But putting up a fierce fight to stop a mosque construction in rural Tennessee?
Last year in Murfreesboro, Tenn., the local Muslim community purchased 15 acres to build an Islamic center. Local people filed a lawsuit to stop the construction. The bogey of sharia law was brought up and it was claimed that Islam is not a religion and thus does not have constitutional protection.
It was apparent that most of the people who had brought the lawsuit had no contact with local Muslims. In the sordid court spectacle, one could hear the echoes of the Jim Crow era. Eventually the court dismissed the case and allowed the construction to proceed. The victory, however, was hollow because no construction company has been willing to take on the project.
The hatred against Islam and Muslims spewed by some of the American clergy, politicians, and bloggers has had effect not only here in the United States but also beyond our borders.
The massacre of 77 people, mostly children and young adult, at the hands of a cold-blooded zealot in Norway a few months ago is one such example. According to the lengthy manifesto posted on the Internet by the alleged killer, Anders Behring Breivik, he was influenced by the incendiary anti-Muslim rhetoric emanating from Web sites such as jihadwatch.com and the political and religious right wing in this country.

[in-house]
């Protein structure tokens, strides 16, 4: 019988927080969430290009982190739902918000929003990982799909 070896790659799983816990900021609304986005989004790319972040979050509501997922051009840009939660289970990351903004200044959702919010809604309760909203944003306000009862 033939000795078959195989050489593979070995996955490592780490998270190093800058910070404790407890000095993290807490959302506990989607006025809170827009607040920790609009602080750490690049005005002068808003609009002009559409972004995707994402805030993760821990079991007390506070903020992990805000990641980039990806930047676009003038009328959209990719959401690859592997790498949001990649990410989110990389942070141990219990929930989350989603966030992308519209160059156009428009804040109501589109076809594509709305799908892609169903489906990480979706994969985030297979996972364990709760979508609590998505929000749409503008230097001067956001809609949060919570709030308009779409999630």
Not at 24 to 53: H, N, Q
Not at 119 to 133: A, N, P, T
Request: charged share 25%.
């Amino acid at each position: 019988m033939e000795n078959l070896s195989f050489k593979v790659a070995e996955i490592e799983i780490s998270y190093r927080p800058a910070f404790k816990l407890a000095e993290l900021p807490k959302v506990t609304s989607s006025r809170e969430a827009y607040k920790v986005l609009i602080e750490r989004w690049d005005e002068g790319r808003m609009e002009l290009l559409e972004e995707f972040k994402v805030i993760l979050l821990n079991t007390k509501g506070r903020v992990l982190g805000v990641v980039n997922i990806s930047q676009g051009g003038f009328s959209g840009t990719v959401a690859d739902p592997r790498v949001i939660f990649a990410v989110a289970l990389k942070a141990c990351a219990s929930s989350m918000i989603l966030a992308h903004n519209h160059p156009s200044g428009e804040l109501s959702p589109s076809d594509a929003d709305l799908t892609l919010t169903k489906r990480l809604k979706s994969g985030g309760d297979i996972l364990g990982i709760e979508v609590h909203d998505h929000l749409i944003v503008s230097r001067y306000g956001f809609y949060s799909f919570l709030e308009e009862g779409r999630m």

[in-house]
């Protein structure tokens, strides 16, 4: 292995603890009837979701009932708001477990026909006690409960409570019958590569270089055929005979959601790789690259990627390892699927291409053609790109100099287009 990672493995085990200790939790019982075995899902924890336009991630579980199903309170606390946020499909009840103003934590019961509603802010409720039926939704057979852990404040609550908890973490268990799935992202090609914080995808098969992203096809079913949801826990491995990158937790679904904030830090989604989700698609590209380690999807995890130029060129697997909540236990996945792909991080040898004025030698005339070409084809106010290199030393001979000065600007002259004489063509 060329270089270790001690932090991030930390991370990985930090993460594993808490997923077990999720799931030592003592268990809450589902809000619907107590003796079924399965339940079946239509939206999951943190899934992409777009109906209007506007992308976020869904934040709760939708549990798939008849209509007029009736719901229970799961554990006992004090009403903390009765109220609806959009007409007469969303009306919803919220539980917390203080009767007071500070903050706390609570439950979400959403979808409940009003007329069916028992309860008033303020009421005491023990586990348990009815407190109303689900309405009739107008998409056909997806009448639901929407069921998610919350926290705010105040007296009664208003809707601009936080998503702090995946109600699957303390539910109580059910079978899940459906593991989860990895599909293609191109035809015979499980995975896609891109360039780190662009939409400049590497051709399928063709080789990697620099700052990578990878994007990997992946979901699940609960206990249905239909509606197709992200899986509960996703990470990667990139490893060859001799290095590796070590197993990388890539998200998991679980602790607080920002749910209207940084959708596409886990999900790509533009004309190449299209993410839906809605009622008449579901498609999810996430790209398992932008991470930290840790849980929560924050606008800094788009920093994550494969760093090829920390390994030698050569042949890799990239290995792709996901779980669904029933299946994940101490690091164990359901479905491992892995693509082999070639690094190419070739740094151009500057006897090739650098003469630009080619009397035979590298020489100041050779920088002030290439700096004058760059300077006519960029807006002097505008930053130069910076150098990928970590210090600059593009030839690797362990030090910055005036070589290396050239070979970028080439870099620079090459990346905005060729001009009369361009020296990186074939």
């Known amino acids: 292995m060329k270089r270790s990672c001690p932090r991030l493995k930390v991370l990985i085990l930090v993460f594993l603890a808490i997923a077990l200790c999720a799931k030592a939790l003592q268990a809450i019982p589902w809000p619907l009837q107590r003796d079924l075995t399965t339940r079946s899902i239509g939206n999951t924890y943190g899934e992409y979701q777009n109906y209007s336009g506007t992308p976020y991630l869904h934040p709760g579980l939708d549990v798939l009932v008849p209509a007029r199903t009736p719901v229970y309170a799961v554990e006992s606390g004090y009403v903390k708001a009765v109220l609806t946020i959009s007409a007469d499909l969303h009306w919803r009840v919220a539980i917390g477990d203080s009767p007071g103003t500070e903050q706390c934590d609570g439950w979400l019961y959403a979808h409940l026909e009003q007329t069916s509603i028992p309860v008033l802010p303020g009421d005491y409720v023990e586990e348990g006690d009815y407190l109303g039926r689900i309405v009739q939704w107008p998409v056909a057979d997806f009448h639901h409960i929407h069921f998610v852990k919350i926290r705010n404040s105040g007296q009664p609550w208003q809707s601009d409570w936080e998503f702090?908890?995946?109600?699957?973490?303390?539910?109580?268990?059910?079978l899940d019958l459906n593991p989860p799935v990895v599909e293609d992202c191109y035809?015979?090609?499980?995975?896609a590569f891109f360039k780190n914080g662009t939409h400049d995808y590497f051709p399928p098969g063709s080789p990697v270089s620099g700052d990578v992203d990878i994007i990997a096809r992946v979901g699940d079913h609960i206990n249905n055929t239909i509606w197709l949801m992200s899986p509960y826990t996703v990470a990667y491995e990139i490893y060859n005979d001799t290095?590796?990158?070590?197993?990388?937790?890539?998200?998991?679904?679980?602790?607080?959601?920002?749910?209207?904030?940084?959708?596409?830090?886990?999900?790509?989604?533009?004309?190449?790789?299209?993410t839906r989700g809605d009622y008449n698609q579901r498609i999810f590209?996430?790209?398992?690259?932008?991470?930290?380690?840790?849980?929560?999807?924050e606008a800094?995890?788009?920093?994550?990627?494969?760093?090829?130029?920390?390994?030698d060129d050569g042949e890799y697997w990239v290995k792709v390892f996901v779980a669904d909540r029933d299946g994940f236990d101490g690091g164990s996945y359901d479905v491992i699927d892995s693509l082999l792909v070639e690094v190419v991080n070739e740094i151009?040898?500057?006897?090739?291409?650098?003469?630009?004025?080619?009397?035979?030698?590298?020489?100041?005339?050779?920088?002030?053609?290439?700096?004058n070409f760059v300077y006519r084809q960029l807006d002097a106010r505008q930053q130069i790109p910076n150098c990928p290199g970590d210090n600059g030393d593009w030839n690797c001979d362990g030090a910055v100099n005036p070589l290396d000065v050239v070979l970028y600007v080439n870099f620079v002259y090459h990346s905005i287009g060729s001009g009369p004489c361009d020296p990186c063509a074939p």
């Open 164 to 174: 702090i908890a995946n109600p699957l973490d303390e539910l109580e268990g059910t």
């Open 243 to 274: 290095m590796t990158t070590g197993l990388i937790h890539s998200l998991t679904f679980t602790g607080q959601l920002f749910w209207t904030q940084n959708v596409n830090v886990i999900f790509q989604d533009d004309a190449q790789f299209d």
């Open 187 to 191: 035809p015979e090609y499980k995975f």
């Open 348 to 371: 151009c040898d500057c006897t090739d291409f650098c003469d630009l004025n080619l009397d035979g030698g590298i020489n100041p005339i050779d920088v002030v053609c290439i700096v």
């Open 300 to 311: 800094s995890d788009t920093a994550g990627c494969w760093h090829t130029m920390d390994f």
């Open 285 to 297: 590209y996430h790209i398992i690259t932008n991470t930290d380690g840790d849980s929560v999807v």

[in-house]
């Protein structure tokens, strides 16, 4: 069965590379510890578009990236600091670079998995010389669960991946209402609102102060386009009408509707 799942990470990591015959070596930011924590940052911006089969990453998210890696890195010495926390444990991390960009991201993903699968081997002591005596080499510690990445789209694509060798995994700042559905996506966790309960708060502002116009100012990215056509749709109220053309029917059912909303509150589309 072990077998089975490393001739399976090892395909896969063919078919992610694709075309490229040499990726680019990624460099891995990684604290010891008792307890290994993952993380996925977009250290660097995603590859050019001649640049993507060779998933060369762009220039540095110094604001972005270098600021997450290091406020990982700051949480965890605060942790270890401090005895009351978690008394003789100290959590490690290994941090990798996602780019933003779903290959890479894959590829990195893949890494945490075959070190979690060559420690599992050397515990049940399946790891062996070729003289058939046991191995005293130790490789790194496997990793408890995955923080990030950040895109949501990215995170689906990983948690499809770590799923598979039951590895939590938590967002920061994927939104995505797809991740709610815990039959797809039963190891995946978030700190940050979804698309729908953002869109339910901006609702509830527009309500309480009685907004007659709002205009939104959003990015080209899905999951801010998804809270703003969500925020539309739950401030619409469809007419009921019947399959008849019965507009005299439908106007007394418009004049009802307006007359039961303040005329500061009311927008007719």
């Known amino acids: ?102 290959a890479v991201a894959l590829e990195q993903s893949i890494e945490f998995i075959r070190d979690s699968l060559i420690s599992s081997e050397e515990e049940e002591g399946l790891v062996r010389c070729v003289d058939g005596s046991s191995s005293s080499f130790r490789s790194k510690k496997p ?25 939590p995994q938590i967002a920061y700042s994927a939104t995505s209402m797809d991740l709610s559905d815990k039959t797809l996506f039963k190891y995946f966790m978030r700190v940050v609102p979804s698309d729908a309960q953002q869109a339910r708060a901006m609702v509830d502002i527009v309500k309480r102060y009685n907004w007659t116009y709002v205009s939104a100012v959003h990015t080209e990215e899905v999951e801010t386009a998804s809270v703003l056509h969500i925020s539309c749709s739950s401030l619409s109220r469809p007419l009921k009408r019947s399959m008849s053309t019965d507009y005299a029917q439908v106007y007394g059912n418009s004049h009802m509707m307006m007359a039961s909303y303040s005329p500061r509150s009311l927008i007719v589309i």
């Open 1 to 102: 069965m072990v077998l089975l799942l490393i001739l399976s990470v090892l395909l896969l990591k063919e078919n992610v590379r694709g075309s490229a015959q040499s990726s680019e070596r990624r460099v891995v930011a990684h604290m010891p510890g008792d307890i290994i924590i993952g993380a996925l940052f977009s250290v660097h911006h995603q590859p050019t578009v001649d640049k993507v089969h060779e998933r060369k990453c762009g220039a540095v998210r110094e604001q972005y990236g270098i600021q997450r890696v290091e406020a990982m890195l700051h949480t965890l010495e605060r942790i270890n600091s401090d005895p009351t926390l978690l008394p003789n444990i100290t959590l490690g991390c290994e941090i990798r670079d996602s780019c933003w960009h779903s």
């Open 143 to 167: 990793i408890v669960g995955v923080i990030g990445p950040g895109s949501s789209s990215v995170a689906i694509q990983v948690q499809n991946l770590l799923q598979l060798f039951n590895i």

American history is replete with periods when religious and ethnic minorities suffered at the hands of a self-righteous majority. In the 19th century, Protestant preachers led mobs to attack Catholics.
At one time or another, Jews, Italians, Irish, Polish, and Japanese had to endure such bigotry. Even today, Catholic bashing is rather common on the Internet.
Michele Bachmann, a contender for the Republican nomination for president in 2012, attends a church that openly says the Pope is the anti-christ.
As an aside, while more than half of U.S. population has a negative view of Muslims, individually as religious groups they have no love lost among them. According to the Time magazine poll I quoted above, 29 percent of Americans hold negative views of Mormons, 17 percent of Catholics, 13 percent of Jews, and 13 percent of Protestants.
I have no doubt sanity will prevail in the end. The latter-day Know-Nothing Nativist Party and its torch bearers, the William Boykins, Sean Hannitys, Glenn Becks, Pat Robertsons, and the like, are but a transient phenomenon, just as the firebrand preachers of yore who led mobs to attack Catholics and other minorities were. History will remember them not for spreading Christian love but for poisoning the well.
Muslims are here to stay, just as others before them. They have added something special and precious to the mosaic of this great country. To forcefully tear that piece off, as some people would like to do, does nothing but deface the entire tapestry we call America the beautiful.
Dr. S. Amjad Hussain is a retired Toledo surgeon whose column appears every other week in The Blade. Contact him at: firstname.lastname@example.org.